All in all, I thought this was a great exhibit for such a small city.  Remember, these items are from the permanent collection.

Tunes:  When we arrived at the museum, there were people milling around in one of the wings.  There was a reception desk, so we thought they were going to have a meeting. After we finished viewing the Textiles Exhibit, we headed for the gift shop (unusual things), and we heard singing and saw brochures on the reception desk which said "Mens' Chorus", so we thought they were rehearsing.  A lady saw us and invited us to come and listen and it was an actual performance.  They harmonized very well, but were a small group.  Each member had on black slacks, a white dress shirt, and a solid brightly colored tie.  I took another look at the brochure and realized that it's a gay men's chorus and the ties represented the rainbow colors. I don't know why we hadn't heard of them, and we only heard the last two songs.  Their next performance is December 3, so they're not very active.  Anyway, I put it on my calendar, because I liked their sound.  They're looking for more members, and the website is here.

Tired:  I'm sure you've had enough of me by now, and Tired will be my description next week.  I'm giving you a break, because I'm going to spend the next two weeks Tidying and working on Things that Grow.  Unless you want to see the before and after of my neglected house and yard, I won't have much to show you.


Your life is like a book.  If you haven't traveled, you're still on page 1.  Unknown Author


Travel and change of place impart new vigor to the mind.  Seneca, Greek Philosopher


  1. What a wonderful full post, so much to take in. I loved the tearoom and enjoyed browsing some of the recipes. I am definitely going to give the meat loaf a try.

    1. I make four-six mini-loaves from one recipe. This week I made six. Sometimes the pound of hamburger is a little more than a pound.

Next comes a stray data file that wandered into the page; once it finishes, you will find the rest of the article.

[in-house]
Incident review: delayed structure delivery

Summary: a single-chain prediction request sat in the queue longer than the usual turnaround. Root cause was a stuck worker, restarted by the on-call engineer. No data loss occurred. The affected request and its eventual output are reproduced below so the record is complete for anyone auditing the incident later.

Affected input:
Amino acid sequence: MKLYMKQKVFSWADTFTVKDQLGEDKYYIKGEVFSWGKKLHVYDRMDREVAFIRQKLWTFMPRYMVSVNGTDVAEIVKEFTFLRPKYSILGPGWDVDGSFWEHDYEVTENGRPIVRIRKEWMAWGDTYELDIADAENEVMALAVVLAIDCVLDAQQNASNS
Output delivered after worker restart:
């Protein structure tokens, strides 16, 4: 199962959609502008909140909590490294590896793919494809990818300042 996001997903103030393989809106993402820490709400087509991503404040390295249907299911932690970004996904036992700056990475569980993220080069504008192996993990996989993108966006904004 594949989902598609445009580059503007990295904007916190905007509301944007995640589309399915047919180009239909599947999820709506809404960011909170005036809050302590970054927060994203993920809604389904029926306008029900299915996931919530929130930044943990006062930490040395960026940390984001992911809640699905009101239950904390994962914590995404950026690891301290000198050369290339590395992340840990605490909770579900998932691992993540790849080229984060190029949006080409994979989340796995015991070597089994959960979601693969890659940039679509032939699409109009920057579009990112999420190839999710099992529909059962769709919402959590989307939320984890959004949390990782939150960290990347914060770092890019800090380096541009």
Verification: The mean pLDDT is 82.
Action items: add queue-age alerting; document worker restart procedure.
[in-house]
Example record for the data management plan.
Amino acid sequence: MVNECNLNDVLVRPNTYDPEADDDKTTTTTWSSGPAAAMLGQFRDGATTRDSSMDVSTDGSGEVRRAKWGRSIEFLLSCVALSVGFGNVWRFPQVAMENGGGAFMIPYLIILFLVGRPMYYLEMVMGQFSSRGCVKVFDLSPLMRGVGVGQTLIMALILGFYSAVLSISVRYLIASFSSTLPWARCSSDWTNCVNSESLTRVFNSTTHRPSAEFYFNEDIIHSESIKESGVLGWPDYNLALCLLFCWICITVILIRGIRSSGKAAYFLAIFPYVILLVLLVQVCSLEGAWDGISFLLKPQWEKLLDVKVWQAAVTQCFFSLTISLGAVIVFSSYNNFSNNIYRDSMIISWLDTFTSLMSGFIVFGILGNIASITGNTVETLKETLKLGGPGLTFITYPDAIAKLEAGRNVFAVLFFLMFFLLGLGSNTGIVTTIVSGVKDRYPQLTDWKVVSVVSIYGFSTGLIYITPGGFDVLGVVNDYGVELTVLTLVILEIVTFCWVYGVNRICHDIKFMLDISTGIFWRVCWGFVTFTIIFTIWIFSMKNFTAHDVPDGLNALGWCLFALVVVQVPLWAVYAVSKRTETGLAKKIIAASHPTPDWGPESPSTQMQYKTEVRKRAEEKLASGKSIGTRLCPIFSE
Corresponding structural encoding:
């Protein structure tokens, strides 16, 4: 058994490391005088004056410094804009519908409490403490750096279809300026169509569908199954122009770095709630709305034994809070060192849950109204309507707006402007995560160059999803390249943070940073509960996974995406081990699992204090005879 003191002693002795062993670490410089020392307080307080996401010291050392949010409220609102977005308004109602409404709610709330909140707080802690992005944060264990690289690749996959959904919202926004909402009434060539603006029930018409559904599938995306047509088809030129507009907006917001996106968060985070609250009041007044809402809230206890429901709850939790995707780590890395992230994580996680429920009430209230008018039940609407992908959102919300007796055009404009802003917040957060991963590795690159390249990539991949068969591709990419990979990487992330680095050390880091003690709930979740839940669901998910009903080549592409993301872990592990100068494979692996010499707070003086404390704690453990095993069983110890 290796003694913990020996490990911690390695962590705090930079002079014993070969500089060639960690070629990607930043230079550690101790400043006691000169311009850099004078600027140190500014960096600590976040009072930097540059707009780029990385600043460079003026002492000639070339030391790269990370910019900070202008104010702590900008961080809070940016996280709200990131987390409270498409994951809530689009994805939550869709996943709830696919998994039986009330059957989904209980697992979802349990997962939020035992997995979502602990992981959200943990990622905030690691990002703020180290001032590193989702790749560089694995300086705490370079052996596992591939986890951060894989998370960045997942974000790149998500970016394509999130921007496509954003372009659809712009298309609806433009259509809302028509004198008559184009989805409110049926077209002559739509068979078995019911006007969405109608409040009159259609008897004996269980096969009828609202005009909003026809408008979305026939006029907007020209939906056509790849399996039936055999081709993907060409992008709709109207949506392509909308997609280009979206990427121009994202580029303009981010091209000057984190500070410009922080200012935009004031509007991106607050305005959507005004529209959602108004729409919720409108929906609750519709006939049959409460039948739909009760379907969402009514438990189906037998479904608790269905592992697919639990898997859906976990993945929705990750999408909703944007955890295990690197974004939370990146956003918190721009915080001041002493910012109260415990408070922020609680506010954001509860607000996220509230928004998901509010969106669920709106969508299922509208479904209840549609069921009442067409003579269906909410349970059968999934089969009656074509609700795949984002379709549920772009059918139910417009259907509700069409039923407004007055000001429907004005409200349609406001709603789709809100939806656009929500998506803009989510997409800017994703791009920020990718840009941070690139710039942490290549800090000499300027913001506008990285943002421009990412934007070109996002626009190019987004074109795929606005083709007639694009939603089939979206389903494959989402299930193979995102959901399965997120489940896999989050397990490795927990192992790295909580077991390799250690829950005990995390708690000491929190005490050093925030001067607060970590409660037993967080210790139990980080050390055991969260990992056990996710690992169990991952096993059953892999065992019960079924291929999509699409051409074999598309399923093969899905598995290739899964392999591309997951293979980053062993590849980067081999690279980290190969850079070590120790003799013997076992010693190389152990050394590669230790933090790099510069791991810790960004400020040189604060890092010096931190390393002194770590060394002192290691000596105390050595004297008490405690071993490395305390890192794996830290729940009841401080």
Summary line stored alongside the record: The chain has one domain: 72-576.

I also baked four potatoes and made a carrot and cabbage salad. I had one meat loaf and one potato for dinner with the salad and a serving of corn (out of the freezer bag and into the microwave - one serving only).

      The next day I took two loaves, two potatoes, some of the salad, two servings of corn (frozen), and some cookies to my friend who is recuperating and her husband.

      For dinner, I repeated the prior day's dinner. And I have two loaves frozen (individually) for later.

      That's a lot of mileage from one pound of meat. I hope you like it. You can alter the onion and pepper amounts to your taste.

  2. So many wonderful things, too much to comment on individually, but I have to say, gosh, how stunning those quilts are, they are amazing aren't they!

    1. And didn't you love the crocheted bonnet? And I'd never heard the stories about "cheater patches" for crazy quilts.

      It WAS a busy week; so much so that I still haven't read the Five on Friday from the 13th. I meant to start on my yard today (you ladies in England make me hang my head in shame when I see yours), but it was rain, rain, rain. I'm working on my next five cards, and hope to enjoy the F on F tomorrow, as more rain expected.

  3. A week has gone by and I meant to catch up with your news and comment. I'm glad you can live life to the full and it's reflected in your weekly post. Those quilts are so beautiful and the textile exhibition is fascinating. A lot to take in and I'll be back to take a second look. Enjoy your gardening. God willing I shall look out for your next post in a couple of weeks time.

    1. I just finished the Five on Friday from May 13 last night, and now (Happy Dance), I have another week's worth waiting.

      The textiles were fascinating, and I thought, amazing that a small city like Springfield (I live in a suburb) has all that in their permanent collection. Springfield is about 200,000 I believe. Don't quote me.